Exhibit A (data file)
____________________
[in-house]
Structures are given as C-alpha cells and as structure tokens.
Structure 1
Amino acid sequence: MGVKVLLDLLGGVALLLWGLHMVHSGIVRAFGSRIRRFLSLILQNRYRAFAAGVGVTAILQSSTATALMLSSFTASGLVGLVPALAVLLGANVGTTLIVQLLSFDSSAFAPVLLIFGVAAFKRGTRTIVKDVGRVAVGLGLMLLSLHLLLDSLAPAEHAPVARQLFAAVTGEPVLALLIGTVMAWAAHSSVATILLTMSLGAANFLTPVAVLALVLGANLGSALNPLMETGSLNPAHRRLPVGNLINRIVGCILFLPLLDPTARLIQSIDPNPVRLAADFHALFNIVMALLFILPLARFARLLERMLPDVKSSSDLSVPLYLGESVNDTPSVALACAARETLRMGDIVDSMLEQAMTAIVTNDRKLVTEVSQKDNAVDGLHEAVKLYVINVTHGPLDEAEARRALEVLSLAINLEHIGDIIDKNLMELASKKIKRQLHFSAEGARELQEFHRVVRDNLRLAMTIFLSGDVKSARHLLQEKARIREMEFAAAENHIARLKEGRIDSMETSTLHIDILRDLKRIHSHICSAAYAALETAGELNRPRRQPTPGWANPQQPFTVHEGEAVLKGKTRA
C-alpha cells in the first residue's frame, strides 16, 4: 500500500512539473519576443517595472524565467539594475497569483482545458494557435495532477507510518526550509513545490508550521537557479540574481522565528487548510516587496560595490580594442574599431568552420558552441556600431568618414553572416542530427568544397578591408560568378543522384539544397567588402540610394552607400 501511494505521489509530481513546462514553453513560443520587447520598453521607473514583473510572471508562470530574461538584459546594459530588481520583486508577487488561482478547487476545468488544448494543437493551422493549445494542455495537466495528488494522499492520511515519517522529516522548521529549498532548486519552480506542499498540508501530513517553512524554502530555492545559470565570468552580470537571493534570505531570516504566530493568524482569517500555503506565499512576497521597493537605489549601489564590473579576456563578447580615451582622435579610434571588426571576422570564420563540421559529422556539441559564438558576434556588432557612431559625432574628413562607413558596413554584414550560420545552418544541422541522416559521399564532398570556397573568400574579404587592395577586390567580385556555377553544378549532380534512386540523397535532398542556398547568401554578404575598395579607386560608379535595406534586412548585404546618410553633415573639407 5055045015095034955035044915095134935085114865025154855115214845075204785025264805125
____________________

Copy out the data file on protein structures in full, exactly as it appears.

[in-house]
Structures are given as C-alpha cells and as structure tokens.
Structure 1
Amino acid sequence: MGVKVLLDLLGGVALLLWGLHMVHSGIVRAFGSRIRRFLSLILQNRYRAFAAGVGVTAILQSSTATALMLSSFTASGLVGLVPALAVLLGANVGTTLIVQLLSFDSSAFAPVLLIFGVAAFKRGTRTIVKDVGRVAVGLGLMLLSLHLLLDSLAPAEHAPVARQLFAAVTGEPVLALLIGTVMAWAAHSSVATILLTMSLGAANFLTPVAVLALVLGANLGSALNPLMETGSLNPAHRRLPVGNLINRIVGCILFLPLLDPTARLIQSIDPNPVRLAADFHALFNIVMALLFILPLARFARLLERMLPDVKSSSDLSVPLYLGESVNDTPSVALACAARETLRMGDIVDSMLEQAMTAIVTNDRKLVTEVSQKDNAVDGLHEAVKLYVINVTHGPLDEAEARRALEVLSLAINLEHIGDIIDKNLMELASKKIKRQLHFSAEGARELQEFHRVVRDNLRLAMTIFLSGDVKSARHLLQEKARIREMEFAAAENHIARLKEGRIDSMETSTLHIDILRDLKRIHSHICSAAYAALETAGELNRPRRQPTPGWANPQQPFTVHEGEAVLKGKTRA
C-alpha cells in the first residue's frame, strides 16, 4: 500500500512539473519576443517595472524565467539594475497569483482545458494557435495532477507510518526550509513545490508550521537557479540574481522565528487548510516587496560595490580594442574599431568552420558552441556600431568618414553572416542530427568544397578591408560568378543522384539544397567588402540610394552607400 501511494505521489509530481513546462514553453513560443520587447520598453521607473514583473510572471508562470530574461538584459546594459530588481520583486508577487488561482478547487476545468488544448494543437493551422493549445494542455495537466495528488494522499492520511515519517522529516522548521529549498532548486519552480506542499498540508501530513517553512524554502530555492545559470565570468552580470537571493534570505531570516504566530493568524482569517500555503506565499512576497521597493537605489549601489564590473579576456563578447580615451582622435579610434571588426571576422570564420563540421559529422556539441559564438558576434556588432557612431559625432574628413562607413558596413554584414550560420545552418544541422541522416559521399564532398570556397573568400574579404587592395577586390567580385556555377553544378549532380534512386540523397535532398542556398547568401554578404575598395579607386560608379535595406534586412548585404546618410553633415573639407 5055045015095034955035044915095134935085114865025154855115214845075204785025264805125